Researchers also found that consolidation is more common than anyone would like to admit. As of May 2012, they had confirmed 130 agencies with at least nominal consolidation of public-safety services across at least 25 states, except Michigan, which had at least 54 more than any other state. The model is most prevalent among small- and medium-size agencies. It is used in rural and urban communities.
In addition, there are several models. Public-safety service consolidation may be simply placing executive functions under a single chief executive but not an integration of police and fire services. Or, it can be a partial integration of police and fire services with cross-trained public safety officers working together and consolidation within the administrative rank. It also can be full consolidation of police and fire, with everyone cross-trained to respond. This includes consolidated management and command.
Among the perceived benefits consolidation may offer is increased efficiency by reducing the total need for line staff as well as the duplication in administration, communication services and physical infrastructure. In addition, the model gives a community a broadly trained officer who can arrive on the scene of an incident and immediately assess the equipment and resources required.
“This frequently can prevent the needless dispatch of large equipment (and certain personnel) that is not only expensive to operate, but can place the community at risk (when driving quickly from location to location),” the report reads. “Public safety consolidation also can help communities meet evolving needs. Changes in the fire industry help illustrate this. The fire industry has evolved from fire suppression to greater provision of emergency medical services.”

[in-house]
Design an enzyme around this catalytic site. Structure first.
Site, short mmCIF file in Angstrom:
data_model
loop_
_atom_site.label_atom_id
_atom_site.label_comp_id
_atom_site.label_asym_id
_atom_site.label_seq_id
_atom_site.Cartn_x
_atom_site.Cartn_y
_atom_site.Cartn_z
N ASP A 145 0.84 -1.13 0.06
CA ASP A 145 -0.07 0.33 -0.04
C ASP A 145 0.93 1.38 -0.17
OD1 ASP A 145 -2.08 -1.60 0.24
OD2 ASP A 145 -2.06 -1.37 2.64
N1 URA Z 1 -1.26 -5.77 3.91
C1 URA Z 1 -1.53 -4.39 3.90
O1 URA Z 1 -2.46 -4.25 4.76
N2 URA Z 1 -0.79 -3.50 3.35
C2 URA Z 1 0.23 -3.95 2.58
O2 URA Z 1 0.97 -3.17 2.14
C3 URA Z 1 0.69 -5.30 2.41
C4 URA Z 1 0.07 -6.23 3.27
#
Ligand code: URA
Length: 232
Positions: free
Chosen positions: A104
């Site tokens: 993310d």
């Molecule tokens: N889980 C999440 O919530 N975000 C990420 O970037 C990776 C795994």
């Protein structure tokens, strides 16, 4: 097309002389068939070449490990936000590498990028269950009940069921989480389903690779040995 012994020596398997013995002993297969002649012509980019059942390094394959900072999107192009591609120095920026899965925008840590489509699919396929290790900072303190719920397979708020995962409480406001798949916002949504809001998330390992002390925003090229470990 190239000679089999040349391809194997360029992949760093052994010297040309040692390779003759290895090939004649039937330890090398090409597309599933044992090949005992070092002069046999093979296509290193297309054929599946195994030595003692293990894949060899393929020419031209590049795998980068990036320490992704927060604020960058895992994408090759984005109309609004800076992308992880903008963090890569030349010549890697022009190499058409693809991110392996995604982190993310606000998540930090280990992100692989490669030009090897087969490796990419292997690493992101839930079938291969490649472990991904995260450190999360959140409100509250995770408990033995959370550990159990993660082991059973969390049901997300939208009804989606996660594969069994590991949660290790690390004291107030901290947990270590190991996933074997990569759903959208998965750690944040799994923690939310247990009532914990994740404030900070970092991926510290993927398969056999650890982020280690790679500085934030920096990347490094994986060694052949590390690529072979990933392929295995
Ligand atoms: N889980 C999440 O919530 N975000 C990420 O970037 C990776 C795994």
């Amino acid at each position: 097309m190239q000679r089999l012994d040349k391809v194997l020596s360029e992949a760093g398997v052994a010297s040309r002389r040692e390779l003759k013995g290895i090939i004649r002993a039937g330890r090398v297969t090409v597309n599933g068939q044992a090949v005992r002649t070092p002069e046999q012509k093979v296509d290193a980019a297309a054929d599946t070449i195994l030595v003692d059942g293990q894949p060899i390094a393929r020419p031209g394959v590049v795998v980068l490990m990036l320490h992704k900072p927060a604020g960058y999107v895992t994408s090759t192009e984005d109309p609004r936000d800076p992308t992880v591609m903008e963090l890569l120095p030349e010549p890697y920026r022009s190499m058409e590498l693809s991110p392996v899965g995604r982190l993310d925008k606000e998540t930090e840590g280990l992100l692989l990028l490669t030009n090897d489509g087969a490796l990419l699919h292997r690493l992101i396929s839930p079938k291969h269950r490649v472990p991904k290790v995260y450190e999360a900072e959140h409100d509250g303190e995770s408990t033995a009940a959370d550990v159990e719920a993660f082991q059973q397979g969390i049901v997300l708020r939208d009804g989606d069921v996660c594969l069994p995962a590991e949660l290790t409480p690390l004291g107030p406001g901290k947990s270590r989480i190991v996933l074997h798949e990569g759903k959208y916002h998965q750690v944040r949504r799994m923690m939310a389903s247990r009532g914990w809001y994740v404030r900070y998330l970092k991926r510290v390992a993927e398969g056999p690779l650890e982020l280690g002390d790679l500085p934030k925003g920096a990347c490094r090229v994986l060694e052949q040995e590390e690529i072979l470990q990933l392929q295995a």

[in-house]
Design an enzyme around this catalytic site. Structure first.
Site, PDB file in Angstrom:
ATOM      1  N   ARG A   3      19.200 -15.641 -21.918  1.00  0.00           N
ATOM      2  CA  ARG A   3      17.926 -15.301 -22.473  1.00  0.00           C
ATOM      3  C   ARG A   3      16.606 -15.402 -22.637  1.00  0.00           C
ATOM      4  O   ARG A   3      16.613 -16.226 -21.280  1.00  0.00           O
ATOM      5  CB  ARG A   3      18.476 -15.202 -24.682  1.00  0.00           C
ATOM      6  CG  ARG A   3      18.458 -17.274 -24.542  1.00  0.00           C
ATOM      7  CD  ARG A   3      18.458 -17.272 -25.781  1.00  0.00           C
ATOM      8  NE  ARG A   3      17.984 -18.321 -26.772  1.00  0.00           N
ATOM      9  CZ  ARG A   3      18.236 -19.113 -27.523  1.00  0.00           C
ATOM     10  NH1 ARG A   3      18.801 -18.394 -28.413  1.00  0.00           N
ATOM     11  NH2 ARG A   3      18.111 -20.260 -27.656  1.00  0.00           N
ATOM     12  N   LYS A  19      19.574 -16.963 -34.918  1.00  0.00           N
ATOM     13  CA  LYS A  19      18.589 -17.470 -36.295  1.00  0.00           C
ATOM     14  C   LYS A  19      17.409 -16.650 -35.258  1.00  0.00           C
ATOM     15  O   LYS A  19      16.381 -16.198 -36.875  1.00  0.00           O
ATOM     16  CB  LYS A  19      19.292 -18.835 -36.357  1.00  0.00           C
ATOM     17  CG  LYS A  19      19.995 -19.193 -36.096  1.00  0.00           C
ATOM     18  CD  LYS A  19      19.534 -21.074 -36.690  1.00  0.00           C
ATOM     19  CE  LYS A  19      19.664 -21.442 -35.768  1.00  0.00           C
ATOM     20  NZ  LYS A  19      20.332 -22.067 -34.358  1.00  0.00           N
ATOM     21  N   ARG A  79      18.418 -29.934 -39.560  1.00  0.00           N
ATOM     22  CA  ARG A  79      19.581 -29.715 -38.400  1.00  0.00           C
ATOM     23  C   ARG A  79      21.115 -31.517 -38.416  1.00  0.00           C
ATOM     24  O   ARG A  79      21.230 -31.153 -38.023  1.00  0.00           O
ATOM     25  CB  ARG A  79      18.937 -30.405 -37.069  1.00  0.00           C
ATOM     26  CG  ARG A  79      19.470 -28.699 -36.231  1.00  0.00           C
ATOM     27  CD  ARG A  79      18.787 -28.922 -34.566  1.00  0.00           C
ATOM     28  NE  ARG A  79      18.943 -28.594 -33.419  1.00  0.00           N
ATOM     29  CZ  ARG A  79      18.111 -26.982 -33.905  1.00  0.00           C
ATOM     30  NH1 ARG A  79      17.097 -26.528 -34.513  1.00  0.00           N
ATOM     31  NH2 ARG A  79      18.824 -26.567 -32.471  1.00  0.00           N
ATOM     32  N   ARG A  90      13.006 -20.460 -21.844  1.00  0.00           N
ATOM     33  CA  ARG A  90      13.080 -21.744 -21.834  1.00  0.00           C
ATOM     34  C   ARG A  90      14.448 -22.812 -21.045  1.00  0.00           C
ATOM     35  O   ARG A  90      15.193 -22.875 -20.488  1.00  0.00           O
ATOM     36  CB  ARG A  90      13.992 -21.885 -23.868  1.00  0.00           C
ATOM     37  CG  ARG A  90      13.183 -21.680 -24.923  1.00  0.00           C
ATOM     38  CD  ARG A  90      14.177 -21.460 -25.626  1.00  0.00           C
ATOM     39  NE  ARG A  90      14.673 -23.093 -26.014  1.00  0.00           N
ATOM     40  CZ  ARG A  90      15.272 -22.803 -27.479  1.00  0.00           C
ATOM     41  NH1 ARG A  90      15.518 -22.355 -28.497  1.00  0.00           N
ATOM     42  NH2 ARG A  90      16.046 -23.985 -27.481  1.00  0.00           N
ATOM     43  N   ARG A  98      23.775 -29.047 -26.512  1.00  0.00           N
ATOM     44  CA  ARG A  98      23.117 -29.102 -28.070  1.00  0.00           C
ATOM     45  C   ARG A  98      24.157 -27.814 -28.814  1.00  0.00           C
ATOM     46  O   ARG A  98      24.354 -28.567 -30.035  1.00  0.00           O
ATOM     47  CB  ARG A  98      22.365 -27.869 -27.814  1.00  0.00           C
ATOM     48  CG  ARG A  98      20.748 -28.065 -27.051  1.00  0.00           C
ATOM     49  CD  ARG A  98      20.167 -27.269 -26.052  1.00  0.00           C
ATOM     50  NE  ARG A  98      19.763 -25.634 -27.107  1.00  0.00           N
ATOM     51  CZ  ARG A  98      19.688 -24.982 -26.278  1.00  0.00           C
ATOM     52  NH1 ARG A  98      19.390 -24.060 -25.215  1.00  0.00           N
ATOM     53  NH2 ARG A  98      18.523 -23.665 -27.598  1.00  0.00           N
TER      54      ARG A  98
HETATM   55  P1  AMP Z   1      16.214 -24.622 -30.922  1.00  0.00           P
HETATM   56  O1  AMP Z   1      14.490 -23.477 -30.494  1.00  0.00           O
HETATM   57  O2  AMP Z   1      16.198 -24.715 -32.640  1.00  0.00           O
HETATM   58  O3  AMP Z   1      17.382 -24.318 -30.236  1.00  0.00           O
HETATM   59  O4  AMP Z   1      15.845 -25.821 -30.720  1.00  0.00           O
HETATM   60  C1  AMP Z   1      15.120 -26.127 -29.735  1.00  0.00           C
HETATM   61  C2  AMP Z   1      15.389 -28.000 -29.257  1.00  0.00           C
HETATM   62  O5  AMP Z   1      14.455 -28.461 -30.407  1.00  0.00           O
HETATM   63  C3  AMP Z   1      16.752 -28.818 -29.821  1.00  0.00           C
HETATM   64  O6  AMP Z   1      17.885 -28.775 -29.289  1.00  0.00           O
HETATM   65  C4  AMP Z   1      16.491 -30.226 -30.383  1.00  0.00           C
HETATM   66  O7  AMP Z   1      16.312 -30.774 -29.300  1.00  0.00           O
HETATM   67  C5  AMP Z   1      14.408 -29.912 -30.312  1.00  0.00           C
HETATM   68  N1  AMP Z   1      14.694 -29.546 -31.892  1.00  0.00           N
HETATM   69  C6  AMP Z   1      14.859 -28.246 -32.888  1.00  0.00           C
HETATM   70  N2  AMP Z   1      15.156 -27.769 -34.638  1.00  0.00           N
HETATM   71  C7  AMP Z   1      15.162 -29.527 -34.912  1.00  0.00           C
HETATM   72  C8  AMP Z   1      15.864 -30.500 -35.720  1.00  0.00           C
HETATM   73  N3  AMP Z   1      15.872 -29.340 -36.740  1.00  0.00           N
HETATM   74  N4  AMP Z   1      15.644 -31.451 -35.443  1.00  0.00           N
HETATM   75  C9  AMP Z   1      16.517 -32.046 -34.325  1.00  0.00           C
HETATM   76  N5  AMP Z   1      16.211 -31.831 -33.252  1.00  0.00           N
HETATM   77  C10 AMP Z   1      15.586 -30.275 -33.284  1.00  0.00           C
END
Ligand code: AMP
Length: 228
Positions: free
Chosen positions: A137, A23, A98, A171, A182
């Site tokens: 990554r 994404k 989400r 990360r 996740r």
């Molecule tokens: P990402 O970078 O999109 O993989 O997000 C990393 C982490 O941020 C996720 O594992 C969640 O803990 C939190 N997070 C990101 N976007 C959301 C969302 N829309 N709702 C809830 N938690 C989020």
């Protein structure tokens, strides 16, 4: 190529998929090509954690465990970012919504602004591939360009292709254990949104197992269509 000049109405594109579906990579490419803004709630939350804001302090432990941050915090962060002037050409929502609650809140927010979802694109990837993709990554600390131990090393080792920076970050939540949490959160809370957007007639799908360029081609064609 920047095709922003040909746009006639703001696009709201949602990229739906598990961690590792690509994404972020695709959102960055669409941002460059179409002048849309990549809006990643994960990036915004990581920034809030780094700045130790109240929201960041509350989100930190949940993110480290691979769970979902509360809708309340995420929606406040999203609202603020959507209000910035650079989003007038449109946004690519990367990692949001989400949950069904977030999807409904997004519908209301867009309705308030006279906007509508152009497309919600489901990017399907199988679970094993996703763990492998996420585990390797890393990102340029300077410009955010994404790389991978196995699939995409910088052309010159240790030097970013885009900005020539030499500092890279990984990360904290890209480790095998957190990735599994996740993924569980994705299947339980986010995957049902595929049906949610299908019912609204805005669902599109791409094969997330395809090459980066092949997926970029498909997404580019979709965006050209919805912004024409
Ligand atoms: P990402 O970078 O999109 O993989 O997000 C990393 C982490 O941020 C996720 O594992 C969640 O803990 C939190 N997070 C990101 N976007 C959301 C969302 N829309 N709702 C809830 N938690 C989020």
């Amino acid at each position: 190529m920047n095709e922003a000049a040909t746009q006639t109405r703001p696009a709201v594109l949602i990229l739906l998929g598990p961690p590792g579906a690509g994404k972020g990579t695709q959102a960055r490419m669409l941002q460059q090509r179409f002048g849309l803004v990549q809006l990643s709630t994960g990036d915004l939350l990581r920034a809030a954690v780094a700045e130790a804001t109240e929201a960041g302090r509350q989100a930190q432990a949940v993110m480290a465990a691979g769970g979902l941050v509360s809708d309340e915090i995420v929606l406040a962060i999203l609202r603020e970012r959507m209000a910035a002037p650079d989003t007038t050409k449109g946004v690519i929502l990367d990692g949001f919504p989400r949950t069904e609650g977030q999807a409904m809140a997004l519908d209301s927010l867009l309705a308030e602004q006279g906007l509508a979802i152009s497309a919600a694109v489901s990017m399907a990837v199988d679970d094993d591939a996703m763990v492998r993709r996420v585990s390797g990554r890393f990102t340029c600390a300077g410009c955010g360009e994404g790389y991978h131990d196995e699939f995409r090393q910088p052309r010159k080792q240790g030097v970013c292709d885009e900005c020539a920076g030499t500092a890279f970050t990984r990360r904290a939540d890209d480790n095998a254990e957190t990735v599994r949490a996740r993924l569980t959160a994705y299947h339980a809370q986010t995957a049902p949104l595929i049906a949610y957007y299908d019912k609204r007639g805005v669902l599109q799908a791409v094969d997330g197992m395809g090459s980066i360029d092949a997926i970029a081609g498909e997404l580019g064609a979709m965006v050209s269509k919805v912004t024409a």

Indeed, the fire service has seen a decrease of 43% of fires from 1983 to 2010. However, personnel numbers have grown, with the report stating during the same period the number of career firefighters increased 48% and the number of fire departments increased 7%. In addition, emergency-medical calls increased 260% from 1980, according NFPA 2011c.
“Providing more broadly trained personnel can help public safety agencies address such evolving needs,” the report said. “It also can make more staff continuously available to respond to a broader range of calls. More broadly trained personnel also can help communities reduce the total number of personnel they require.”
In addition, the model may increase comprehensive community safety and homeland security by enhancing communication between police and fire personnel, including a unified command structure and training. The report noted that first responders’ new and evolving roles of responding to terrorist attacks and similar emergencies have put a heavier workload on personnel than years past — and consolidation may relieve some of the overload.